Progesterone is a natural female sex hormone.
Follow carefully the directions your doctor gives to you about taking progesterone. It is prescribed for a selected number of days each month.
Any side-effects are usually mild, but may include feeling sick (nausea), weight gain, and headache.
|Type of medicine||A progestogen|
|Used for||A variety of gynaecological problems, including infertility, in early pregnancy, and as part of hormone replacement therapy (HRT)|
|Also called||Crinone® vaginal gel; Cyclogest® pessaries; Gestone® injection; Utrogestan® capsules and vaginal capsules|
|Available as||Capsules, vaginal gel, vaginal capsules, pessaries, and injection|
Progesterone is a naturally occurring female sex hormone which is essential for the function of the female reproductive system. It is produced in the ovaries during the second half of the menstrual cycle, and also by the placenta during pregnancy. The amount of progesterone a woman produces declines during the menopause.
You will have been prescribed progesterone to supplement your naturally produced progesterone for a reason which your doctor will have explained to you. It works by adjusting the balance of your body's own hormones.
Progesterone is available in a number of formulations that are the subject of this leaflet (gel, injection, capsules, and pessaries). Each formulation is prescribed for a different gynaecological reason.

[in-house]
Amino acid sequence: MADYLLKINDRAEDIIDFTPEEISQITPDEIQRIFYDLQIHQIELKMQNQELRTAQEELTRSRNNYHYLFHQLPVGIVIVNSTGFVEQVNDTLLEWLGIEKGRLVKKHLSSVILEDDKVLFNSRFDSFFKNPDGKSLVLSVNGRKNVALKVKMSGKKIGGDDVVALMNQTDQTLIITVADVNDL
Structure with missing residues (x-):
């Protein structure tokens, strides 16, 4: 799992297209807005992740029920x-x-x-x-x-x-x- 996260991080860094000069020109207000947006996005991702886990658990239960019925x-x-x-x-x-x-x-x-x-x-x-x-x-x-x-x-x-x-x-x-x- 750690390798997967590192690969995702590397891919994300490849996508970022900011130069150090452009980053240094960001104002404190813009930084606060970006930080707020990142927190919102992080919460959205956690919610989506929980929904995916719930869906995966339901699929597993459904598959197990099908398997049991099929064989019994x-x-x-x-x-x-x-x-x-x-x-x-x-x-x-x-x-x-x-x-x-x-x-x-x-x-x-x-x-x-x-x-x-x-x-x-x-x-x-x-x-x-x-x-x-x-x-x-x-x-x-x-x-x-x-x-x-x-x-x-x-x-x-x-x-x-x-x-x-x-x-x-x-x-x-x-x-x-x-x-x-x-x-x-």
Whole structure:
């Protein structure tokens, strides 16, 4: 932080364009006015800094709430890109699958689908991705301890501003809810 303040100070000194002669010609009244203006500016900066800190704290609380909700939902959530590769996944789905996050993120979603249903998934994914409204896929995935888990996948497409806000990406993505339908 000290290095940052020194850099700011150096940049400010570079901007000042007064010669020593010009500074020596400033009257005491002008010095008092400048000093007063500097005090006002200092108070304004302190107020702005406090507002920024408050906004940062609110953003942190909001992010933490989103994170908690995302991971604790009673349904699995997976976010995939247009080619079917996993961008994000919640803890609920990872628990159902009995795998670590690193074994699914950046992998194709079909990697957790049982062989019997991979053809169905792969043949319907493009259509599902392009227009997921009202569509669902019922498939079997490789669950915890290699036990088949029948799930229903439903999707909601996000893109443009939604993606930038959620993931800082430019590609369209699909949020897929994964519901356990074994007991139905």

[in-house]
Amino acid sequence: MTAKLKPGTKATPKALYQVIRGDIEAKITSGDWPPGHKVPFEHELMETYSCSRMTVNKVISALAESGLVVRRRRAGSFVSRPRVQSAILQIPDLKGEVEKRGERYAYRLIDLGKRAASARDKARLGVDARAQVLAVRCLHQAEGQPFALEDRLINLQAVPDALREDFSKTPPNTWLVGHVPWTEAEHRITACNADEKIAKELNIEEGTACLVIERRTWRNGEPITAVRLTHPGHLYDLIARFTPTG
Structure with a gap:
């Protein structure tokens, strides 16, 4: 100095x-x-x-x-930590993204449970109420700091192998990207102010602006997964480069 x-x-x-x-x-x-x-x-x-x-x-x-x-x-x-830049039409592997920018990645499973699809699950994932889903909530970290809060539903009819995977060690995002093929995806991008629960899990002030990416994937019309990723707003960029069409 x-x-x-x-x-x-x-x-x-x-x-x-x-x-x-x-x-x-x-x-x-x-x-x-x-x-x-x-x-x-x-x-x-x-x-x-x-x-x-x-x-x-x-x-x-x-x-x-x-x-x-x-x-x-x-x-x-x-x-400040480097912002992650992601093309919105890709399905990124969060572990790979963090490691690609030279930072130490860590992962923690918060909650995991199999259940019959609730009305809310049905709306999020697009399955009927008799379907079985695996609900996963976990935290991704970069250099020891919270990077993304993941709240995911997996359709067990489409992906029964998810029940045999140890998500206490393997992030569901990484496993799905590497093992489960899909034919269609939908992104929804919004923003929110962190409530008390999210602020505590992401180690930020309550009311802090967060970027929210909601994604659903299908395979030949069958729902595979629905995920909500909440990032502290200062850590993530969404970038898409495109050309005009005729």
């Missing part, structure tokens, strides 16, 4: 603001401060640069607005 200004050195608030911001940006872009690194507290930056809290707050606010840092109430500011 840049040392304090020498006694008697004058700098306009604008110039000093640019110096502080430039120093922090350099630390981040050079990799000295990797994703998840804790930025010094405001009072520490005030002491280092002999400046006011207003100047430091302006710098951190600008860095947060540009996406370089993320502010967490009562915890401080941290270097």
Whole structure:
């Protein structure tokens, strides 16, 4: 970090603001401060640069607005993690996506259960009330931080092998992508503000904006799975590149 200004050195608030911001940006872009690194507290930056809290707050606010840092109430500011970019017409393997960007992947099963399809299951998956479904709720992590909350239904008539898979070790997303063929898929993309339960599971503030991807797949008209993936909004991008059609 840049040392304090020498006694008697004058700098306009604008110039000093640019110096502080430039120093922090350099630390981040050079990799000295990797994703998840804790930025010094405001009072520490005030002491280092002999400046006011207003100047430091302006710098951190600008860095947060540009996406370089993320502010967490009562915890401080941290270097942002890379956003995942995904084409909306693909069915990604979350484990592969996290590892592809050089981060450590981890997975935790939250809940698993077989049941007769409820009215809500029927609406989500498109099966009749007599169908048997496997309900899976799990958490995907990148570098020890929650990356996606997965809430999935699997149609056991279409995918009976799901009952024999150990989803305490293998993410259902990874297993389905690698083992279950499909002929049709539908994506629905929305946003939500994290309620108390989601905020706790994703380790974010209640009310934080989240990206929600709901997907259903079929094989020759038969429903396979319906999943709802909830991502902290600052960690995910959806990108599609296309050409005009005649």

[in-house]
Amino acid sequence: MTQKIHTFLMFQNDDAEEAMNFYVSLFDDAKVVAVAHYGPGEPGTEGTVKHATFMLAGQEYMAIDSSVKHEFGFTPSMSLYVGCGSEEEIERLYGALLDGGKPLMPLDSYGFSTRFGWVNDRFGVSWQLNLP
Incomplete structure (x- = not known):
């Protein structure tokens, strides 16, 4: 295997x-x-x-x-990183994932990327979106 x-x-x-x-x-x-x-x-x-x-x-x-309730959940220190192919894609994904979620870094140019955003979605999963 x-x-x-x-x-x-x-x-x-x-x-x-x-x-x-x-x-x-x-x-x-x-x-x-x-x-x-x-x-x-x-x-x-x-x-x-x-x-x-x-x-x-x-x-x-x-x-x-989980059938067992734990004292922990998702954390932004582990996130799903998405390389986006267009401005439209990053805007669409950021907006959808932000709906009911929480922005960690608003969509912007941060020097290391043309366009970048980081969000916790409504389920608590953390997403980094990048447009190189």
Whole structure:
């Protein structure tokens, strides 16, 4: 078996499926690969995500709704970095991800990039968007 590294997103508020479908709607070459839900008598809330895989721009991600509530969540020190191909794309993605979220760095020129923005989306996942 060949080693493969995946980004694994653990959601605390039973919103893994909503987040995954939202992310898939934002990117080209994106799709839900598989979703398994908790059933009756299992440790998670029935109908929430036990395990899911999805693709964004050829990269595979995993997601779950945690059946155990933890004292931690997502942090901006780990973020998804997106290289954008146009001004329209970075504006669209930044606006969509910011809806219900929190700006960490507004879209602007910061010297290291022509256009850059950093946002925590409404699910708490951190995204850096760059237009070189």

Progesterone may also be included as an ingredient in a number of combination products used for a variety of medical reasons. These products are not covered by this leaflet and you should read the printed information provided by your doctor and the manufacturer.
Before taking progesterone
Some medicines are not suitable for people with certain conditions, and sometimes a medicine may only be used if extra care is taken. For these reasons, before you start taking progesterone, it is important that your doctor knows:
- If you are pregnant or breast-feeding.
- If you have migraines, asthma, epilepsy or high blood pressure.
- If you are having any vaginal bleeding other than your normal monthly period.
- If you have ever had a blood clot in your legs or lungs.
- If you have a heart condition.
- If you have had any problems with the way your liver or kidneys work.
- If you have ever had depression.
- If you have too much sugar in your blood (diabetes mellitus).
- If you have cancer.
- If during a pregnancy you had problems such as severe itching, yellowing of your skin or the whites of your eyes (jaundice), or a skin condition called pemphigoid gestationis.
- If you have a rare inherited blood disorder called porphyria.
- If you have ever had an allergic reaction to a medicine.
- If you are taking or using any other medicines. This includes any medicines you are taking which are available to buy without a prescription, as well as herbal and complementary medicines.